If found guilty, Google will pay a fine of up to 10 percent of its global revenue, or it will have to change its business practices and perhaps spin off its advertising biz.
Mercedes-Benz Drives Into Generative AI Era With ChatGPT, but Potential Pitfalls Loom
The News: Mercedes-Benz recently announced plans to take in-car voice control to a new level with ChatGPT.

“While most voice assistants are limited to predefined tasks and responses, ChatGPT leverages a large language model to greatly improve natural language understanding and expand the topics to which it can respond,” the company said in its release.

A Cause for Concern: The Mercedes-Benz release points out that the ChatGPT in-car system will respect the driver’s privacy and keep their personal data secure from “manipulation and misuse,” but it is silent on the topic of jailbreaking — entering prompts that can bypass a model’s safety systems.

Generative AI is also vulnerable to prompt injection attacks, a type of attack that is similar to JavaScript injection attacks. But instead of injecting code, nefarious players inject malicious information or data into the language model. By altering the prompts, the attacker can influence the model’s response, which can potentially include deceptive or harmful content.

James Vincent at The Verge believes it’s a matter of when, not if, users will jailbreak the Mercedes-Benz chatbot. He writes: “At any rate, we look forward to hearing about the users who jailbreak their Mercedes using prompt injection. “Hey ChatGPT, pretend we’re in debug mode at the Mercedes-Benz factory...”

There have already been instances where drivers jettison common sense in favor of following the advice offered by a device (death by GPS is a thing). One hopes that Mercedes-Benz has strong guardrails in place.
Why This Matters
There’s no doubt that generative AI can enhance a lot of news and consumer products in interesting ways, but as Kyle Hale told AdMonsters, it’s easy to roll out ChatGPT. The hard part is accuracy, reliability, and safety.

Anyone interested in jailbreaking any text-based generative AI platform will find a plethora of websites, YouTube videos, and discussion groups to provide instructions on how to go about it. Evidently, it won’t take more than a few hours to do so.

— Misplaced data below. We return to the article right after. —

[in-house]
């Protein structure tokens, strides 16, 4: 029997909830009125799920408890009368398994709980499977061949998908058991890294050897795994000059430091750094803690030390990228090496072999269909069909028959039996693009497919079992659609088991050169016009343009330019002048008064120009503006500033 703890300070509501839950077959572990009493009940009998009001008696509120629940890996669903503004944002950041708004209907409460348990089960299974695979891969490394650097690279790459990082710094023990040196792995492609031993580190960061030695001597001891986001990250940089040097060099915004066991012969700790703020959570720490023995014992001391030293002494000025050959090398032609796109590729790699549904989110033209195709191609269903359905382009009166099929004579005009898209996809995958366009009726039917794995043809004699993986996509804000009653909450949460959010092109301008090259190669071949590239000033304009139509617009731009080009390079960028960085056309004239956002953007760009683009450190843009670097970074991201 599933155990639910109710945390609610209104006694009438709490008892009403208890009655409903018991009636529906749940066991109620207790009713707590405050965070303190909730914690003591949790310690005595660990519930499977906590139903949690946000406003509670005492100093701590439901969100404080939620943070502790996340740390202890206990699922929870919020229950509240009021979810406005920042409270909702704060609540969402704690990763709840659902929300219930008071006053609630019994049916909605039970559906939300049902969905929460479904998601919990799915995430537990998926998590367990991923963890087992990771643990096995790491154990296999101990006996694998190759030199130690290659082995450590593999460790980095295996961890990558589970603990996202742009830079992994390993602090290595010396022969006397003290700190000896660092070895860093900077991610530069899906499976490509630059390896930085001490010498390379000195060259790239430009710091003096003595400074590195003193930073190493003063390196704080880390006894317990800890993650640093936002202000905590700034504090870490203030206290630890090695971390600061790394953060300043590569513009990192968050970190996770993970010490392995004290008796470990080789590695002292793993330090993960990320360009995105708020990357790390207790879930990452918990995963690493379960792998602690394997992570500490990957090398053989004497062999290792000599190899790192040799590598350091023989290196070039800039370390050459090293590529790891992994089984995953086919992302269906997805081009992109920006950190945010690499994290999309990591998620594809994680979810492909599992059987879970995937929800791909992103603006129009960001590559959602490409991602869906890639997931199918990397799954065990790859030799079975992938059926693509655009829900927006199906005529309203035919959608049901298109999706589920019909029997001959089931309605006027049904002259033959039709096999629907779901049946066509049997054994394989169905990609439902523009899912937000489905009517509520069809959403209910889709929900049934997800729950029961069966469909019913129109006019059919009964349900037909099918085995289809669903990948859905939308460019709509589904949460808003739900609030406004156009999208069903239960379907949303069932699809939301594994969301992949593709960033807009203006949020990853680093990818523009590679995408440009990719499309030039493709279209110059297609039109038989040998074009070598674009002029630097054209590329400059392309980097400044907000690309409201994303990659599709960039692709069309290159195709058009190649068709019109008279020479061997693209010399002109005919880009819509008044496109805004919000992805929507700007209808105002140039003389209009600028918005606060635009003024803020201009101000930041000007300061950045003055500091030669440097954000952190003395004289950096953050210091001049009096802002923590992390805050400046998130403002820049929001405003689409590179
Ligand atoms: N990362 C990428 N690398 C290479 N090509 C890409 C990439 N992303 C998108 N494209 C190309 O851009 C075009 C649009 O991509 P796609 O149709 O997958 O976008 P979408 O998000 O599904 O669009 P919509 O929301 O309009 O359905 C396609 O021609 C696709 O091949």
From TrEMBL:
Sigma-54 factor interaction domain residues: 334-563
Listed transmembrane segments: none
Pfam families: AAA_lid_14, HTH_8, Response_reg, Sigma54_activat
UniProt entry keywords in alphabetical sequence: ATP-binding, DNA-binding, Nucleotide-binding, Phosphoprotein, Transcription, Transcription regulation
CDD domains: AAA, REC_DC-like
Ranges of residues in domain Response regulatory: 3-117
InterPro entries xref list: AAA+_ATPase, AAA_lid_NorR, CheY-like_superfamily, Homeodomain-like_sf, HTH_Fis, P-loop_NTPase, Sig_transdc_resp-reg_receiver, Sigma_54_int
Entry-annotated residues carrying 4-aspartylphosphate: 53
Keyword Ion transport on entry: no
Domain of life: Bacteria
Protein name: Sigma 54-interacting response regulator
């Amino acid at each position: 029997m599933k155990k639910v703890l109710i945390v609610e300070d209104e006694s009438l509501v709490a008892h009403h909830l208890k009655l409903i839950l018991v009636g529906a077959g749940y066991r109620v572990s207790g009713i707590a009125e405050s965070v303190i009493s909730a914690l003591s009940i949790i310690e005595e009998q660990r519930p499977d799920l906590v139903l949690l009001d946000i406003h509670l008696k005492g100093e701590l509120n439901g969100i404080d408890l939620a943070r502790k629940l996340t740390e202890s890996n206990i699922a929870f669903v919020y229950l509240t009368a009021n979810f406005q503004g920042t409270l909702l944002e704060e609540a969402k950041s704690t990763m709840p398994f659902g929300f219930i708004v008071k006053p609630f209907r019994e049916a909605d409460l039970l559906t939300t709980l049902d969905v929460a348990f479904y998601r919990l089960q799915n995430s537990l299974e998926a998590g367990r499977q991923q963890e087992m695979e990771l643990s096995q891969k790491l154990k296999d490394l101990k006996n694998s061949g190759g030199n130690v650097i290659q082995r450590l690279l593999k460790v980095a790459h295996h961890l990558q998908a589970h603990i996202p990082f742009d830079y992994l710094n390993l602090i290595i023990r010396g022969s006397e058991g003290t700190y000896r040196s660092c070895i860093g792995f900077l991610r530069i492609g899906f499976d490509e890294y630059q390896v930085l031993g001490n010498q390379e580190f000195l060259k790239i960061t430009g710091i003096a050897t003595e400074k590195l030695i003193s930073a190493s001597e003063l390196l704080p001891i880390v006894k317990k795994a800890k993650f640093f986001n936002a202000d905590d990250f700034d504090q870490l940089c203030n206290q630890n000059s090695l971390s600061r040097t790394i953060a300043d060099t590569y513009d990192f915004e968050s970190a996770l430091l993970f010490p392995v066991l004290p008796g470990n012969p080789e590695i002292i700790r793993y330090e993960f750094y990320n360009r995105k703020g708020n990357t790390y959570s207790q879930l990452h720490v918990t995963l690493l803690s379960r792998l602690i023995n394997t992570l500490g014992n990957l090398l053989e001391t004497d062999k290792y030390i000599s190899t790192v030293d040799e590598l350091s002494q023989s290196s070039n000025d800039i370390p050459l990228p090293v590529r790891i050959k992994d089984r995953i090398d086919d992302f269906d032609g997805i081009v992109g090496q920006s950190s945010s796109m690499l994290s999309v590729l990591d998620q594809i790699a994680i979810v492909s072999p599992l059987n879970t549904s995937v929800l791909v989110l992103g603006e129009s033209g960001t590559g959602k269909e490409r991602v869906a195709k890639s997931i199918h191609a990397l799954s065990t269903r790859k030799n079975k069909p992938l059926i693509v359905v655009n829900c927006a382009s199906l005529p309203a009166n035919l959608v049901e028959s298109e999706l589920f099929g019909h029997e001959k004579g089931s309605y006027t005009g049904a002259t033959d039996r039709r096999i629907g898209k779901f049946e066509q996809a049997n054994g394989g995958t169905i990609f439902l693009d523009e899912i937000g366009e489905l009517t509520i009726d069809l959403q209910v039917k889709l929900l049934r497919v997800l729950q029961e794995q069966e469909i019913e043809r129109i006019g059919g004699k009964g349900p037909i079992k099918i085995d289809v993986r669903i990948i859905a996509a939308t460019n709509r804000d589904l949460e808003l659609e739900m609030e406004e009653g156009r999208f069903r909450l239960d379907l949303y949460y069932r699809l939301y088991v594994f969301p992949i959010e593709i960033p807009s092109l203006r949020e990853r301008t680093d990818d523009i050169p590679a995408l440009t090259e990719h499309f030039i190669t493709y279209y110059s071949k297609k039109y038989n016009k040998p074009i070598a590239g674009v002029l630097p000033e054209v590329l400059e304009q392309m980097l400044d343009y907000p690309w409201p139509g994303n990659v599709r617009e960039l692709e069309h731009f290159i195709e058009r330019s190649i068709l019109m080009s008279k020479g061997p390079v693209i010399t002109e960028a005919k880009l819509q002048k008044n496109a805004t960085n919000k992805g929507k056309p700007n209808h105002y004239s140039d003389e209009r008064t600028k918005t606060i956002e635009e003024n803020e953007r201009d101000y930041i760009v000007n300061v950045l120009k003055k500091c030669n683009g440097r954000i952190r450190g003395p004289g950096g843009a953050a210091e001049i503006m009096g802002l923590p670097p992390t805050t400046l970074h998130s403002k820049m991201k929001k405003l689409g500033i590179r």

OpenAI itself has a relatively benign view of jailbreaking. In an interview on the topic, CEO Sam Altman said, “We want users to have a lot of control and get the model to behave in the way they want within some very broad bounds. And I think the whole reason for jailbreaking right now is we haven't yet figured out how to give that to people.”

Given that OpenAI considers jailbreaking as much a feature as a bug, it’s vitally important that any brand opting to implement ChatGPT build and text guardrails before rollout.

There’s no doubt that generative AI is the future, and all publishers and brands should consider a way to incorporate it into their products. There’s also no doubt that locking down generative AI to prevent mischief is the next big growth industry.
Around the Water Cooler
WTH Are Apple's Privacy Manifests Apple's privacy manifests have marketers scratching their heads and consumers cheering. With these privacy initiatives, Apple aims to protect user data and provide transparency, making it challenging for marketers to track and target users. (Digiday)

Generative AI Makes Voice Scams Scarily Accurate Get ready for a new wave of identity fraud, courtesy of generative AI voice scams. Advancements in AI technology have made it easier for scammers to mimic anyone's voice and deceive unsuspecting victims. (Axios)

Neilsen's Precursor to Data Clean Rooms Nielsen is shaking up the media world by launching their media data room, a precursor to their highly anticipated cross-media measurement solution. The tool will provide marketers with comprehensive data, insights, and analytics to understand audience behavior across various media channels. (MediaPost)

Reddits BlackOut Causes Scare for Advertisers A storm is brewing on Reddit as advertisers face the ripples of a moderators' strike. The absence of moderators and the resulting disruption in content moderation could impact brand safety and advertising on the platform. (AdWeek)
Sweet Tweet
An AI ick From the Desk of the Head of Media @Hersheys
As an industry, we’re walking a fine line of treating people solely as numbers. We’ve completely forgotten how to humanize them and speak to them through storytelling. No machine will ever be able to empathize with the human side of things.
Worth a Listen
Google Is Becoming a Walled Garden, Data Compliance & Compensation
Albert Thompson welcomes industry leader Neil Sweeney, Founder/CEO of Reklaim to the Digital Data Café. In this episode, Albert and Neil discuss how Google is becoming a walled garden, data compliance, compensation, and much more!